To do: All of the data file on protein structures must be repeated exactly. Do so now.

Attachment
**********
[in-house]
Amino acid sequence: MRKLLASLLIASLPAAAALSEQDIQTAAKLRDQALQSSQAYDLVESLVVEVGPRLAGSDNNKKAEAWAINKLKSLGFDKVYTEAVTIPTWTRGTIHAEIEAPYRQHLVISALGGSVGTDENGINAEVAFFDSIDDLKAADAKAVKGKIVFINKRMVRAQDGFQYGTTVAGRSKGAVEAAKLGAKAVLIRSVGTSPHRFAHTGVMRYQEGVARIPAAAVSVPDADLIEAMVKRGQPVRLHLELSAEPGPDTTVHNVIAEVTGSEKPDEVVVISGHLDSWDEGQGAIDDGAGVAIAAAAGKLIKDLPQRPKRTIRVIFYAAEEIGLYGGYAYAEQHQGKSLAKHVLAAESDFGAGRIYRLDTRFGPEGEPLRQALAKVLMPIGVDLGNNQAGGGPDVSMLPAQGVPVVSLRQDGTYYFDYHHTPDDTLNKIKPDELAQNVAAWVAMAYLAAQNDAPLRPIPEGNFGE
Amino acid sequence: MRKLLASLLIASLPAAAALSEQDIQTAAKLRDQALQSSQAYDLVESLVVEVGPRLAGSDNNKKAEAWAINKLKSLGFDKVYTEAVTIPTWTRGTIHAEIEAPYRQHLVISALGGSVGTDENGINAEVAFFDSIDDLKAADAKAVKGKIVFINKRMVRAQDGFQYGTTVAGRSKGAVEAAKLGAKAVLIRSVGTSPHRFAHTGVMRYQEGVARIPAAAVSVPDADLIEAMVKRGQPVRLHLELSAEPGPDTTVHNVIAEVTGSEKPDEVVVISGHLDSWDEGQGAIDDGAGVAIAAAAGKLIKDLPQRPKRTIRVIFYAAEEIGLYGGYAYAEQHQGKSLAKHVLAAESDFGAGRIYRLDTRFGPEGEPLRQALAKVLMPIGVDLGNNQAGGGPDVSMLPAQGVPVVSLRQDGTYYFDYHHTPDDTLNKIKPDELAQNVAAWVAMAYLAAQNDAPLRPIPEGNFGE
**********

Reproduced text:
[in-house]
Amino acid sequence: MRKLLASLLIASLPAAAALSEQDIQTAAKLRDQALQSSQAYDLVESLVVEVGPRLAGSDNNKKAEAWAINKLKSLGFDKVYTEAVTIPTWTRGTIHAEIEAPYRQHLVISALGGSVGTDENGINAEVAFFDSIDDLKAADAKAVKGKIVFINKRMVRAQDGFQYGTTVAGRSKGAVEAAKLGAKAVLIRSVGTSPHRFAHTGVMRYQEGVARIPAAAVSVPDADLIEAMVKRGQPVRLHLELSAEPGPDTTVHNVIAEVTGSEKPDEVVVISGHLDSWDEGQGAIDDGAGVAIAAAAGKLIKDLPQRPKRTIRVIFYAAEEIGLYGGYAYAEQHQGKSLAKHVLAAESDFGAGRIYRLDTRFGPEGEPLRQALAKVLMPIGVDLGNNQAGGGPDVSMLPAQGVPVVSLRQDGTYYFDYHHTPDDTLNKIKPDELAQNVAAWVAMAYLAAQNDAPLRPIPEGNFGE
Amino acid sequence: MRKLLASLLIASLPAAAALSEQDIQTAAKLRDQALQSSQAYDLVESLVVEVGPRLAGSDNNKKAEAWAINKLKSLGFDKVYTEAVTIPTWTRGTIHAEIEAPYRQHLVISALGGSVGTDENGINAEVAFFDSIDDLKAADAKAVKGKIVFINKRMVRAQDGFQYGTTVAGRSKGAVEAAKLGAKAVLIRSVGTSPHRFAHTGVMRYQEGVARIPAAAVSVPDADLIEAMVKRGQPVRLHLELSAEPGPDTTVHNVIAEVTGSEKPDEVVVISGHLDSWDEGQGAIDDGAGVAIAAAAGKLIKDLPQRPKRTIRVIFYAAEEIGLYGGYAYAEQHQGKSLAKHVLAAESDFGAGRIYRLDTRFGPEGEPLRQALAKVLMPIGVDLGNNQAGGGPDVSMLPAQGVPVVSLRQDGTYYFDYHHTPDDTLNKIKPDELAQNVAAWVAMAYLAAQNDAPLRPIPEGNFGE